‘Instant Family’ follows the real-life story of a couple who, in a snap decision, decide to adopt from the foster-care system. The film follows a comical, fast-pace, enjoyable film of a new family. Initially, wanting to adopt a child, they end up fostering a teenager and two other younger siblings. The family fly through the ‘honeymoon phase’ as the new happy family, to crash and hit the realistic struggles these children have gone through and the hardship of entering a different family. The parents hit the realities and struggles of new parenthood and the worries of replacing parents they already have.
I really enjoyed this film. The actors and actresses are all phenomenal. With Mark Wahlberg and Rose Byrne at the centre, they execute the plot line brilliantly. I also loved that it was a film that could go anywhere, I couldn’t predict what was going to happen and I was happy to go along with the rollercoaster. The whole film feels very realistic with understandable struggles. But not to worry, it also captures the comedy well and makes a heart-warming, sweet film. The movie got me giggling at quite a lot of moments. Wahlberg and Byrne bounce off each other in such an excellent comical way, they add a lot to the film. As do the social workers at the foster-care orientation and social support groups, particularly Karen (Octavia Spencer) who was a great character.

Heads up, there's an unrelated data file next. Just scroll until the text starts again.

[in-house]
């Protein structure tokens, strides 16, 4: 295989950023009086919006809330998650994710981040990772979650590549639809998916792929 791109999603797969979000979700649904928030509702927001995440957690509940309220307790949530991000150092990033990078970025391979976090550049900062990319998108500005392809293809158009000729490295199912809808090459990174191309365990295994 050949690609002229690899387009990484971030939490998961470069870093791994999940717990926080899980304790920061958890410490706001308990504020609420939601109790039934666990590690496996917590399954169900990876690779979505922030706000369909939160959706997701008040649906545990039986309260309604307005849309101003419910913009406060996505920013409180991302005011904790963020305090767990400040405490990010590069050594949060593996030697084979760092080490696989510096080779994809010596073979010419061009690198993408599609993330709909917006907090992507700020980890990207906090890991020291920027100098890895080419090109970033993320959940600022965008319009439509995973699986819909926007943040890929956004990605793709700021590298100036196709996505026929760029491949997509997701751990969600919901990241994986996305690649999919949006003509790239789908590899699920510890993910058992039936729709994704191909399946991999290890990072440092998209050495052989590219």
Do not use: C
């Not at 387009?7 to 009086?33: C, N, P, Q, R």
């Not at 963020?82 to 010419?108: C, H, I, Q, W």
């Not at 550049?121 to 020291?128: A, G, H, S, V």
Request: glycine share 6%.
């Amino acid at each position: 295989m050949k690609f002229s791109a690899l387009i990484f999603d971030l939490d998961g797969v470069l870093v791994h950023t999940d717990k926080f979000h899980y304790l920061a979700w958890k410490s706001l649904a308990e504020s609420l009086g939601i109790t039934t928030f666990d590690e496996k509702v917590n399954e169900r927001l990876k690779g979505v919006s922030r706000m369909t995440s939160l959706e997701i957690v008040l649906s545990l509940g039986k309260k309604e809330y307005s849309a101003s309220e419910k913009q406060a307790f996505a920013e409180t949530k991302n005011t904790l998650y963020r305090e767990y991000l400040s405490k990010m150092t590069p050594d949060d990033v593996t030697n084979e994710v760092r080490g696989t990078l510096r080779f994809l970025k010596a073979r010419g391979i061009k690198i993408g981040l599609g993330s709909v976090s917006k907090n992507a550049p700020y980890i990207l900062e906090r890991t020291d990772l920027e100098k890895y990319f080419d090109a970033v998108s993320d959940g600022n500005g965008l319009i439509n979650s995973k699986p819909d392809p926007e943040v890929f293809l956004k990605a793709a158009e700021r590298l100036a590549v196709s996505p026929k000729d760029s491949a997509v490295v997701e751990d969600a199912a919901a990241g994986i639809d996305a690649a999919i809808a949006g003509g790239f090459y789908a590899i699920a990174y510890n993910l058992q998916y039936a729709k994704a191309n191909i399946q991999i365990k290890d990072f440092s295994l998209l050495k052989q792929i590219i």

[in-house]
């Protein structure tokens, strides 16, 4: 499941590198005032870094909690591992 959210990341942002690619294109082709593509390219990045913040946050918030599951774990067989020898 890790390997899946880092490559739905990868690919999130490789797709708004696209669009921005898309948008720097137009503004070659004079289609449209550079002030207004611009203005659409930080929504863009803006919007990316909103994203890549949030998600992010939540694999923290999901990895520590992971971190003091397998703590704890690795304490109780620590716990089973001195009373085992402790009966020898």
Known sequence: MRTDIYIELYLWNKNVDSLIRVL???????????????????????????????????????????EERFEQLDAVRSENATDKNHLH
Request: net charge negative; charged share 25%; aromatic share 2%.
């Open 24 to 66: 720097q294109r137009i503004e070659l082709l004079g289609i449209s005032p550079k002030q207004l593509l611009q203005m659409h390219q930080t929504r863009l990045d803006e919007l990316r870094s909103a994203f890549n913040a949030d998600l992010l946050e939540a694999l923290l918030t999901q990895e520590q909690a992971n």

The children are brilliant in the film: Lizzy (Isabela Moner), Juan (Gustavo Quiroz) and Lita (Julianna Gamiz). Lizzy seems to be more of the centre of the film, the 15-year-old who has adapted to the mother of her two younger siblings. She is the one who finds it the hardest to adapt into a different family, feeling unloved and alone. Then, there’s Juan, an overly sensitive boy, who seems to spend most of the film worried or crying. However, he is the source of some comical moments and he is a great character to watch. Finally, Lita, the youngest of them all. Very stubborn and loud, Lita only wants to eat crisps and nothing else. Being the sole main reason of the film, they really add some genuine and real struggles for children and the realities of some foster children’s backgrounds.
‘Instant Family’ is a thoroughly enjoyable film. As I said before, extremely fast-pace, I was a little confused at the beginning of who people were and where they are, but soon enough these sort of things don’t matter and I understand why time wasn’t spent on it to clarify. Instead, the film is about a new family and the adjustments they are having to make. In a loving, chaotic adventure a family try to join as one, but with rejections and difficulties along the way, you’ll enjoy the ride as a normal comical family appears.